A SENIOR Labour MP has claimed there are “questions” about “how far and when” international law applies in relation to Israel’s bombardment of Gaza.

Lisa Nandy, the shadow overseas development minister, said that “even within the limitations of the international framework” Labour was “absolutely clear that Israel has the right to defend itself”.

But she added: “Civilians have to be protected”.

She was grilled about the Labour leadership’s position on the war between Israel and Hamas after addressing the press gallery lunch in Westminster on Thursday, following a bruising Commons vote in which 56 Labour MPs defied Keir Starmer to vote with the SNP and back a ceasefire.

The crunch vote saw a large protest demanding a ceasefire gather outside Parliament on Wednesday night and the resignations of 10 members of Starmer’s frontbench.

Questions over international law

Asked whether Labour backed Israel’s stated aim of eradicating Hamas from the Gaza strip, Nandy suggested international law may not be fit for purpose in modern conflicts like the current war in Gaza.

She said: “We have reservations about whether you can militarily destroy Hamas.

READ MORE: Keir Starmer rocked by resignations as Gaza ceasefire vote exposes cracks

“Hamas is an ideology as much as it is a terrorist organisation that is currently holding hostages in Gaza and firing rockets at Israel.

“And I think it is important to recognise that in the end there is no military solution to this conflict.

“But we absolutely support the right of Israel to defend itself. There’s a duty on Israel to ensure that the hostages that are still alive are returned home safely to their families.

“And I know that for many people watching the images of what’s happening in Gaza are as distressing to them as they are to all of us.

“But I would just ask people to think through, if this was Britain, what would we do? If we were still under attack from a terrorist organisation? If we were in the situation of hundreds of hostages, some of them Holocaust survivors, sitting in tunnels in Gaza, some with serious medical needs, children, young children?

“We would be doing everything that we could in order to degrade the ability of that terrorist organisation, to defend ourselves and to ensure that the hostages were returned safely.

“We’ve been really clear, as a front bench, that regardless of questions of international law – and international law is, it was built for a different era between two state parties, there are questions about you know, how far and when it applies in situations like these.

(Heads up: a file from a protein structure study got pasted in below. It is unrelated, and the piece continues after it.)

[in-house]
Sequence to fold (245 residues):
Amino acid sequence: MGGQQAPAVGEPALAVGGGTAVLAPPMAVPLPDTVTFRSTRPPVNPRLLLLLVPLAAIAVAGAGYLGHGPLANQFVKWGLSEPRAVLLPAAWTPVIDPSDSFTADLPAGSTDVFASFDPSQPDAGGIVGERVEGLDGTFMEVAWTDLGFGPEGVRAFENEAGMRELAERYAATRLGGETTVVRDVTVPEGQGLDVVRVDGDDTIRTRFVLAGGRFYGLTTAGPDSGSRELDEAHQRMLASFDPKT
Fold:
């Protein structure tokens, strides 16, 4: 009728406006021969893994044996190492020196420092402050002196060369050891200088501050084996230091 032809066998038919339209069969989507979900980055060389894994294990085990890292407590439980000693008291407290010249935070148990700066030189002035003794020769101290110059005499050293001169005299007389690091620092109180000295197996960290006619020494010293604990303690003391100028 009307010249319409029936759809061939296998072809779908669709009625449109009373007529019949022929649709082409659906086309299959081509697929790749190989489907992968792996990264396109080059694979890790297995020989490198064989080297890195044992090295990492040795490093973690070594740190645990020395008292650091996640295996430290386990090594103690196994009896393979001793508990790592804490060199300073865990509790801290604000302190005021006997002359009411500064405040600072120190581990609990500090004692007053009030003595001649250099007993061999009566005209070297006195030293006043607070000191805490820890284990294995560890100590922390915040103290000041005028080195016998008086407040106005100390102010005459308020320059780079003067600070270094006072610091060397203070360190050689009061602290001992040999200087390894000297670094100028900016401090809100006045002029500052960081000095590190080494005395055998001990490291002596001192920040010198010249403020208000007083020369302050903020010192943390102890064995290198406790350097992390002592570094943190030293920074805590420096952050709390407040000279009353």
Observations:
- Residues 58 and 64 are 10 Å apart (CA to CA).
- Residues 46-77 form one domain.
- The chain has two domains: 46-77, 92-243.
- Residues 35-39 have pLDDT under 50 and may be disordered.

“But civilians have to be protected, that is absolutely clear.

The National: David Lammy

“The number of civilian deaths in Gaza has been far too high, particularly women and children and as David [Lammy, shadow foreign secretary] and I both said, when a refugee camp was targeted a couple of weeks ago, as [foreign office minister] Andrew Mitchell has said as well, it’s never acceptable to target hospitals, to target refugee camps, to target schools and to target shelters where there are a large number of babies.

“It’s not that we don’t recognise the complexity of the situation, Hamas is an organisation that deliberately embeds itself within the civilian population.

“But even within the limitations of the international framework, we’re absolutely clear that Israel has the right to defend itself.

“It has the right, it has a duty, to ensure the hostages are returned but civilians have to be protected.”

'No prospect of ceasefire' 

Defending Labour’s opposition to a ceasefire, Nandy said: “There are two issues with the ceasefire.

"The first is that currently, with no prospect whatsoever of a breakthrough with Hamas – you know, David were in the region a couple of weeks ago and talking to the Qataris, the Jordanians, the Egyptians, there isn’t, I mean there may be a breakthrough on hostages, but there certainly hasn’t been, all there’s been in the last few weeks is a hardening of rhetoric from Hamas.

“The message that that sends to Israel and to others I think is very much the wrong one and counterproductive.

“But secondly that, as Martin Griffiths, the UN humanitarian co-ordinator, who David and I meet with and discuss these issues with on a regular basis, wrote a couple of weeks ago, at the current time, humanitarian pauses are the only viable prospect.

“And because they’re the only viable prospect and because the situation is so extreme – I mean, I’ve never seen anything like this, I’ve you know lived through many flare-ups of violence in the Middle East but this is extraordinary, both in the horror of what happened on October 7 and in the incredible loss of life, horrendous loss of life in Gaza particularly women and children.

“When you look at those things, it’s not hard to comprehend why, at the moment, dialogue seems impossible and a ceasefire – I have to say having been in the region – seems like a very, very distant prospect.

“We’ve got to focus our minds on what is achievable in order to reach the goal that we all want to reach, which is a permanent end to the violence and a credible peace process, which hasn’t been present as I said for at least a decade and a half if not more.”